It’s true, in a way – I quit my job so I could write more, but that was one part of the equation (yay, a cliche and I’m only on the second paragraph). I was in charge of information security for a decently sized community bank and I could have remained in the position for many more years beyond the five-and-a-half I had already served – maybe even to retirement. It was a comfortable existence. But God had other plans for me.rye-jessen-1145106-unsplash.jpg

On the professional side, the message I received was that while I was using my talents well, I could apply them more effectively. Small and midsized businesses don’t have access to the information expertise Chief Information Security Officers (CISOs) bring, so we provide part-time virtual CISO services that fit their budget and risk tolerance. I’m using my talents more for service while still earning a living.

On the writing side, I am called to write Christian fiction novels, as I’ve mentioned before, but it wasn’t always that way. My first two novels are more fantasy with some Christian elements and some non-Christian ones. I struggled to find writing time, and quitting my job was supposed to provide more bandwidth to write.

Here’s the odd part of all of this. I am working harder in my professional field than I ever have before, and yet I have more time for writing. How is that possible? My making this move, I’ve eliminated several time-wasters:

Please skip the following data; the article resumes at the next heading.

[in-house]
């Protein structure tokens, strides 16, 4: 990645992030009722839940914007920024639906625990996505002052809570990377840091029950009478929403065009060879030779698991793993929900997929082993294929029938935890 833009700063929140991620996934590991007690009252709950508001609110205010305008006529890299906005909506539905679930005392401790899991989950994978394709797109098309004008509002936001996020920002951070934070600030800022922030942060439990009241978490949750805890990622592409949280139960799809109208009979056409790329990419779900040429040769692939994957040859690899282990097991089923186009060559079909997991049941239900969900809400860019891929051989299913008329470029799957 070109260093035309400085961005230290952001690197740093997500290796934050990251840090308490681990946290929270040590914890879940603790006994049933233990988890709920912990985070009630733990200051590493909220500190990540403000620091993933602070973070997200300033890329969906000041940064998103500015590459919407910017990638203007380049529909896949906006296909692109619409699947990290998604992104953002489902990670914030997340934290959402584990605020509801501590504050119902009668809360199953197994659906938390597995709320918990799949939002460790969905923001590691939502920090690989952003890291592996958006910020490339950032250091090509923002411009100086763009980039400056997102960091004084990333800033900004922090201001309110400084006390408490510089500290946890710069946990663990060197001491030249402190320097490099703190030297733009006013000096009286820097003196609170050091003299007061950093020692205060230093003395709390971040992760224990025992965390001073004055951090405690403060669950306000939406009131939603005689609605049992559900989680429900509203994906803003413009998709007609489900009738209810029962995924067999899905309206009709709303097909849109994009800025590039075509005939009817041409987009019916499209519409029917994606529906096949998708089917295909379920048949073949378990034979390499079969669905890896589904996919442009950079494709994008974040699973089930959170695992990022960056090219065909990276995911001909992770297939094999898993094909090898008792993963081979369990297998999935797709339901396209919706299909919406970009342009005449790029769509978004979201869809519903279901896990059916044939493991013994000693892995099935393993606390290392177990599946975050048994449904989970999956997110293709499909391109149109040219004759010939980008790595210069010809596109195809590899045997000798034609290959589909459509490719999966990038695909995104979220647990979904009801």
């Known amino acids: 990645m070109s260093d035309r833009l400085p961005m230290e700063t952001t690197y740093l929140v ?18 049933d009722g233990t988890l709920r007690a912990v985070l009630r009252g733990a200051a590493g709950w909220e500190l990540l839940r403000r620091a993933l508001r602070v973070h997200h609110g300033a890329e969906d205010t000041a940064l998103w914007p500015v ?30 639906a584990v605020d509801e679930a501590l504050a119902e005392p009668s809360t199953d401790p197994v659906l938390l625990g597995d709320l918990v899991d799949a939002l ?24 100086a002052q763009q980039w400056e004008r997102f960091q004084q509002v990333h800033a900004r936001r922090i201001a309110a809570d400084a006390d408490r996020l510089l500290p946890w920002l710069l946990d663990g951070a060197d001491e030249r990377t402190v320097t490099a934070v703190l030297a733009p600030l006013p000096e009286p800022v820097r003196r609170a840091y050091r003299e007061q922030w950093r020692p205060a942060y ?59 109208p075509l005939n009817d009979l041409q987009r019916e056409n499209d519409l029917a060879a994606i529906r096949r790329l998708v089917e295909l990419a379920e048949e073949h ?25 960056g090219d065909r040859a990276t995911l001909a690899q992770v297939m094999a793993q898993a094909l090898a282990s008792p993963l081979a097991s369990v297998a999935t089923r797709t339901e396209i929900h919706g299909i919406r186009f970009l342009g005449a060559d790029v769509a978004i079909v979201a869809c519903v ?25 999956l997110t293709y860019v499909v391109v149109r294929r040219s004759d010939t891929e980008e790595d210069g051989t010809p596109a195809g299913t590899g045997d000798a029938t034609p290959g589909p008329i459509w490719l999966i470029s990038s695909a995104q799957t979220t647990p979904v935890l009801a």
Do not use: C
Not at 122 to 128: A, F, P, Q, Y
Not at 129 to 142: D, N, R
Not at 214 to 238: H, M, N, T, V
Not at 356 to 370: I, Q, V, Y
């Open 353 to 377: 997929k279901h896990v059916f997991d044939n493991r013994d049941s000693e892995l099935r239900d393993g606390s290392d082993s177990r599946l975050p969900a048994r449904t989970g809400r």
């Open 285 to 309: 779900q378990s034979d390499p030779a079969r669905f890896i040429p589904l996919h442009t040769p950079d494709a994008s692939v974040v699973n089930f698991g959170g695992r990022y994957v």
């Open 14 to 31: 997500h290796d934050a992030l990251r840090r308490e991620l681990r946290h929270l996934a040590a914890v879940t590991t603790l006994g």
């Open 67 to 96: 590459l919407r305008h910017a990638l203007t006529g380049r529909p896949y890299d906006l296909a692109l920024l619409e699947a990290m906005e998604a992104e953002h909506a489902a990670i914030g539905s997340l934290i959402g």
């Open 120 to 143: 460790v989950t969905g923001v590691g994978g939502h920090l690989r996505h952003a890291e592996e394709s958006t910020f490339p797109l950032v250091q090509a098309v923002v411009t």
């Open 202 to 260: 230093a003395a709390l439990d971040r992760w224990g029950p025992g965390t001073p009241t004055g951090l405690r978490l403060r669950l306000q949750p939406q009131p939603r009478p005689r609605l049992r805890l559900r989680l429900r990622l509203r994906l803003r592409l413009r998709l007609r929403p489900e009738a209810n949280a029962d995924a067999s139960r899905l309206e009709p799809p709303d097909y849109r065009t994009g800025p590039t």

Commute – I cannot begin to calculate how much time I’ve wasted in traffic. Podcasts and audio books can only go so far. For awhile, I rode a commuter bus to work and was able to then write during the commute, but the conditions were not ideal.

Now, my drive is less than five miles each way in light traffic. I could have kept my home office and reduced my commute to zero, but I found that I accomplish much more outside the home office.

Meetings – It’s a fact of corporate existence – meetings. Meetings to discuss meetings. Meetings to examine output from meetings. Meetings just to hold regular meetings. Meetings that you don’t need to be in. Sure there are productive meetings, but in hindsight looking back on my career probably 50% of the time I spent in meetings was wholly unproductive. Now all of my meetings are productive, because my clients pay by the hour.

Low-Value Projects – This relates to meetings, as all projects hold meetings to discuss progress. But when those projects are not significantly advancing the core reasons why you’re employed, all activities associated with the projects, including meetings, become an exercise in checking boxes. I once sat through a series of meetings on designing policy templates, including the type and size of font. Is that really an efficient use of a senior executive’s time? See the “pay by the hour” comment above.

Nine-To-Five – I have the flexibility to create my schedule as I see fit. This means that often I start the workday at 5:30, take a writing break from 7-8:30, and work until 3:30, then go to the gym, ride my bike, or whatever. When inspiration hits, I can stop what I’m doing (for the most part) and write. You can’t do that on corporate time.

The takeaway? God has given me the opportunity to use my time efficiently. It’s up to me to do so for His glory.

Photo by Rye Jessen on Unsplash